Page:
Very high resolution earth observation features for monitoring plant and animal community structure across multiple spatial scales in protected areas

Paola Mairota, Barbara Cafarelli, Rocco Labadessa, Francesco Lovergine, Cristina Tarantino, Richard M. Lucas, Harini Nagendra, Raphael K. Didham

Research output: Contribution to journalArticlepeer-review

38 Citations (SciVal)

Abstract

Monitoring the status and future trends in biodiversity can be prohibitively expensive using ground-based surveys. Consequently, significant effort is being invested in the use of satellite remote sensing to represent aspects of the proximate mechanisms (e.g., resource availability) that can be related to biodiversity surrogates (BS) such as species community descriptors. We explored the potential of very high resolution (VHR) satellite Earth observation (EO) features as proxies for habitat structural attributes that influence spatial variation in habitat quality and biodiversity change. In a semi-natural grassland mosaic of conservation concern in southern Italy, we employed a hierarchical nested sampling strategy to collect field and VHR-EO data across three spatial extent levels (landscape, patch and plot). Species incidence and abundance data were collected at the plot level for plant, insect and bird functional groups. Spectral and textural VHR-EO image features were derived from a Worldview-2 image. Three window sizes (grains) were tested for analysis and computation of textural features, guided by the perception limits of different organisms. The modelled relationships between VHR-EO features and BS responses differed across scales, suggesting that landscape, patch and plot levels are respectively most appropriate when dealing with birds, plants and insects. This research demonstrates the potential of VHR-EO for biodiversity mapping and habitat modelling, and highlights the importance of identifying the appropriate scale of analysis for specific taxonomic groups of interest. Further, textural features are important in the modelling of functional group-specific indices which represent BS in high conservation value habitat types, and provide a more direct link to species interaction networks and ecosystem functioning, than provided by traditional taxonomic diversity indices.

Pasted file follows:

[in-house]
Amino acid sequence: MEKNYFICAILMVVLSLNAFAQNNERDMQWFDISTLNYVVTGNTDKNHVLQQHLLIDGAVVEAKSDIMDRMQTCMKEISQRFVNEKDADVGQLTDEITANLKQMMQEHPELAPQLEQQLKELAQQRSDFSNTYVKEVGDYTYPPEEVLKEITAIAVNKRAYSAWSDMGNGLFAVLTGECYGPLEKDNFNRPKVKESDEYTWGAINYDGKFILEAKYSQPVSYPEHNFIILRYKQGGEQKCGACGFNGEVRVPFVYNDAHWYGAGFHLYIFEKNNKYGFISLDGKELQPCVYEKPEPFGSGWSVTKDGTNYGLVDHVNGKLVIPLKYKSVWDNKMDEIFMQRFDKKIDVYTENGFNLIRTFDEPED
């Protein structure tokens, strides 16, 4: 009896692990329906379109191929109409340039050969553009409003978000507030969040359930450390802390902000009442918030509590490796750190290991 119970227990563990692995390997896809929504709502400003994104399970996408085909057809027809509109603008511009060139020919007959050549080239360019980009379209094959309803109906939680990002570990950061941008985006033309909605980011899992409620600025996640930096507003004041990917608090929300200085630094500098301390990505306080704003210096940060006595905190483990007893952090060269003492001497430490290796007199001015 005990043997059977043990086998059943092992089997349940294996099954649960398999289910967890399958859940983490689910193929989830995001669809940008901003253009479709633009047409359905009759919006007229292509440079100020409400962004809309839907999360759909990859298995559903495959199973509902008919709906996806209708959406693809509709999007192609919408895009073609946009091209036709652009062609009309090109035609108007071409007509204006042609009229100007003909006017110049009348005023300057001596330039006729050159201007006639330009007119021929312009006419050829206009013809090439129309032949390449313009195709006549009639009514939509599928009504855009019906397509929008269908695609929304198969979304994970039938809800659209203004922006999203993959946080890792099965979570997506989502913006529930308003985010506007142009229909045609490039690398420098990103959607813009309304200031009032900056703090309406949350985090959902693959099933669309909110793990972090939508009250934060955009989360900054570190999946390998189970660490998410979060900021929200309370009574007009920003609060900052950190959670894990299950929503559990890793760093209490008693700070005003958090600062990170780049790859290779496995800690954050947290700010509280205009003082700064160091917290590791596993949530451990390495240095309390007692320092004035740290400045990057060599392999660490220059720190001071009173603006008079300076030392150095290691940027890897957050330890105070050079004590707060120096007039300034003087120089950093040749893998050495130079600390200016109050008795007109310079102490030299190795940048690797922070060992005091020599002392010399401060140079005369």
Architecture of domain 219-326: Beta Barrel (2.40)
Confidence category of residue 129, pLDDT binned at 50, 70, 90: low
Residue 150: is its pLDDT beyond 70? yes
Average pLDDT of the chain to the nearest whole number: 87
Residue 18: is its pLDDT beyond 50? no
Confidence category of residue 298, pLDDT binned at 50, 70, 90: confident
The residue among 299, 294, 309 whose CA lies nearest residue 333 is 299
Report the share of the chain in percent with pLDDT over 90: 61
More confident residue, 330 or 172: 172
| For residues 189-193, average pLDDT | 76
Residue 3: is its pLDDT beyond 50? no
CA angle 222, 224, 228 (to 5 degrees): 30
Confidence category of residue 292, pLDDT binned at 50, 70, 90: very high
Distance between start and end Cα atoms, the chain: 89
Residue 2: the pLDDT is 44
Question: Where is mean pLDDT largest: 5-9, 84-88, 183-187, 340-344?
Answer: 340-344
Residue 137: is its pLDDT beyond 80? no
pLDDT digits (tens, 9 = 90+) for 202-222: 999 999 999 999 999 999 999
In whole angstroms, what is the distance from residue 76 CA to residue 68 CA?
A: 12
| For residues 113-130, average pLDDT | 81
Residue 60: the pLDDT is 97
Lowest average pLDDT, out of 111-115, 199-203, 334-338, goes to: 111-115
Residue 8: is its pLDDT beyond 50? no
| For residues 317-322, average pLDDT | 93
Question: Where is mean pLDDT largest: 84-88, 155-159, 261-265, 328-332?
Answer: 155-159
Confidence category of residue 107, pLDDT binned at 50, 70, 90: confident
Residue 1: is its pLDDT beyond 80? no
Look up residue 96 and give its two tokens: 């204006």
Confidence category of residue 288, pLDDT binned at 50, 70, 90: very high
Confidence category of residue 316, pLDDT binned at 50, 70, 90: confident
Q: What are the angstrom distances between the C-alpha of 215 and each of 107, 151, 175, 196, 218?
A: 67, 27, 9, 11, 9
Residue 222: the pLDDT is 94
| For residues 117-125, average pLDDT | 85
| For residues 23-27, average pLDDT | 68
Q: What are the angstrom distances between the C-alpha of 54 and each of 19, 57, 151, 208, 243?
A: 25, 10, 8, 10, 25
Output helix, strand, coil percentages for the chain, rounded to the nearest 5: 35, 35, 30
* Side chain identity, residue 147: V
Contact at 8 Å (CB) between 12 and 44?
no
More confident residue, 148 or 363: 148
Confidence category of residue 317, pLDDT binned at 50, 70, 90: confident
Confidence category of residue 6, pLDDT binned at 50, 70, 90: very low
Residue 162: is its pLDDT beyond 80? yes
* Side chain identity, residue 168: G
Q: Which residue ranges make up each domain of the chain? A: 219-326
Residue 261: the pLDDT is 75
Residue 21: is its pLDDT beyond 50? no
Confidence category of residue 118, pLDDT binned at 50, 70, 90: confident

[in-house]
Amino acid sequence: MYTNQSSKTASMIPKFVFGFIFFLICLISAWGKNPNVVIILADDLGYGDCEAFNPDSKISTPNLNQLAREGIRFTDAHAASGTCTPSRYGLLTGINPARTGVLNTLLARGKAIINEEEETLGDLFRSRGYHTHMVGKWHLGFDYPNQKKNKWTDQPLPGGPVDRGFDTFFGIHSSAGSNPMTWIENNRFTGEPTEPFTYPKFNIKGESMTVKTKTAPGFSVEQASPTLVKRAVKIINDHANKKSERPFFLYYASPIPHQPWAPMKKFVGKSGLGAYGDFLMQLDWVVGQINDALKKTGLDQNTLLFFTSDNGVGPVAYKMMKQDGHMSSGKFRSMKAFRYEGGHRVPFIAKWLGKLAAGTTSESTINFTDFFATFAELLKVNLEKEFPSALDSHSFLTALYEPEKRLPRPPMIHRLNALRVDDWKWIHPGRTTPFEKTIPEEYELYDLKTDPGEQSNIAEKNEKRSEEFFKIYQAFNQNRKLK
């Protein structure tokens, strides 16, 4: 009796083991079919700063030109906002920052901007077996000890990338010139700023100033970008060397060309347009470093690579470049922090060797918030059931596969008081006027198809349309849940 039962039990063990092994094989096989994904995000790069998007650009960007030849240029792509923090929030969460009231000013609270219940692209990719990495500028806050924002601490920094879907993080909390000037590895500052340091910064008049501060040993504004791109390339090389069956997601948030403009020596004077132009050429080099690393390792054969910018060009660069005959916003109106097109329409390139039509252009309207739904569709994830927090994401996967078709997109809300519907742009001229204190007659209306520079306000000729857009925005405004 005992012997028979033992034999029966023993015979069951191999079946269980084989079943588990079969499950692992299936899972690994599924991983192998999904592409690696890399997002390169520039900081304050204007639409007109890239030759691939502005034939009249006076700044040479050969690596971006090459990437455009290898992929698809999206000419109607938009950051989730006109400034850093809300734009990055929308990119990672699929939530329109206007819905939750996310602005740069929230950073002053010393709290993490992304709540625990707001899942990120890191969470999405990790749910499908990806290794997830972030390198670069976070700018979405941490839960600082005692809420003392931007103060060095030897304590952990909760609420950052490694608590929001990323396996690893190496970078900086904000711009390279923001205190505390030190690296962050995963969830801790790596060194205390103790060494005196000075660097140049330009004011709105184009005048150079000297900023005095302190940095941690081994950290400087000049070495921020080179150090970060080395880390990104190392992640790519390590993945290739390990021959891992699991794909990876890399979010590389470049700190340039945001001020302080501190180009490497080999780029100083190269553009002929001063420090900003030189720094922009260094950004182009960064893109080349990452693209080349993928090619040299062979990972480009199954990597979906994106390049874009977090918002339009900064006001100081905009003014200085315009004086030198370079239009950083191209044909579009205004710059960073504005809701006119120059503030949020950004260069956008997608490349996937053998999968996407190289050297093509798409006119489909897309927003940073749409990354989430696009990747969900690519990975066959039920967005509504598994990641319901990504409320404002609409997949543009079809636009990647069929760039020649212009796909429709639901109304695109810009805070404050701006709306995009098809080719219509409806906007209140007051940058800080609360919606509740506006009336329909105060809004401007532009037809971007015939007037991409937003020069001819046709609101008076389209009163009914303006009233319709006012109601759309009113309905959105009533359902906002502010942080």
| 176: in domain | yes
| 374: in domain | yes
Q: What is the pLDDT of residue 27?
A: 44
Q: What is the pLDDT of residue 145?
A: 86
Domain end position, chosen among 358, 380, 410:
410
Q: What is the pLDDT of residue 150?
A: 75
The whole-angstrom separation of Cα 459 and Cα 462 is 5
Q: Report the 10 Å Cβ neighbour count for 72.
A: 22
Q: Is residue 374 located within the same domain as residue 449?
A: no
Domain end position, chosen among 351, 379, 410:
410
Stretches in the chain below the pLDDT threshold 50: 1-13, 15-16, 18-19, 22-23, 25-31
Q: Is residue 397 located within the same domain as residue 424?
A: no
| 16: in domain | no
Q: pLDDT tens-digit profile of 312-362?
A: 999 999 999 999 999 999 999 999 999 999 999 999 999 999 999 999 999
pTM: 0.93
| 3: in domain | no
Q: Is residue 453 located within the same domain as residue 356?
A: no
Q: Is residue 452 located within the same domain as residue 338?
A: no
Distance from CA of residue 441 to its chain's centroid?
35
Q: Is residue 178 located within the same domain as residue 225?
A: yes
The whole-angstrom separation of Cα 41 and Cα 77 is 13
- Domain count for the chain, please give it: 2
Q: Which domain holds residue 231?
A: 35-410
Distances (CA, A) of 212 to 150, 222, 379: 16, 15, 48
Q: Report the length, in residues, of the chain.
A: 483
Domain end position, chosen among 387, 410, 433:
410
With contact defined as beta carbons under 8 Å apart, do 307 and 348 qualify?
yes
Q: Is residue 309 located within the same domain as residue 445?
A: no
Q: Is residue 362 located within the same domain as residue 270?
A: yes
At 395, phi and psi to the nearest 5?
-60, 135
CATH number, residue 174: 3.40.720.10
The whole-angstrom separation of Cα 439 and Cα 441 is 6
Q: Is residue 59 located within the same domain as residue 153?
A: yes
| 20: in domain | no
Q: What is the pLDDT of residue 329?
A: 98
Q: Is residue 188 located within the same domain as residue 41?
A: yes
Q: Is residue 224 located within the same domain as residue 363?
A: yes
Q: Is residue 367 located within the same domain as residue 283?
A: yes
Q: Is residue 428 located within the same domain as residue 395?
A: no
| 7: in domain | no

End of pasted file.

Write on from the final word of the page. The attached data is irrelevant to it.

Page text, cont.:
Original languageEnglish
Pages (from-to)100-105
Number of pages6
JournalInternational Journal of Applied Earth Observation and Geoinformation
Volume37
Early online date18 Oct 2014
DOIs
Publication statusPublished - 01 May 2015

Keywords

  • VHR EO features
  • biodiversity surrogates
  • functional groups
  • habitat quality
  • monitoring

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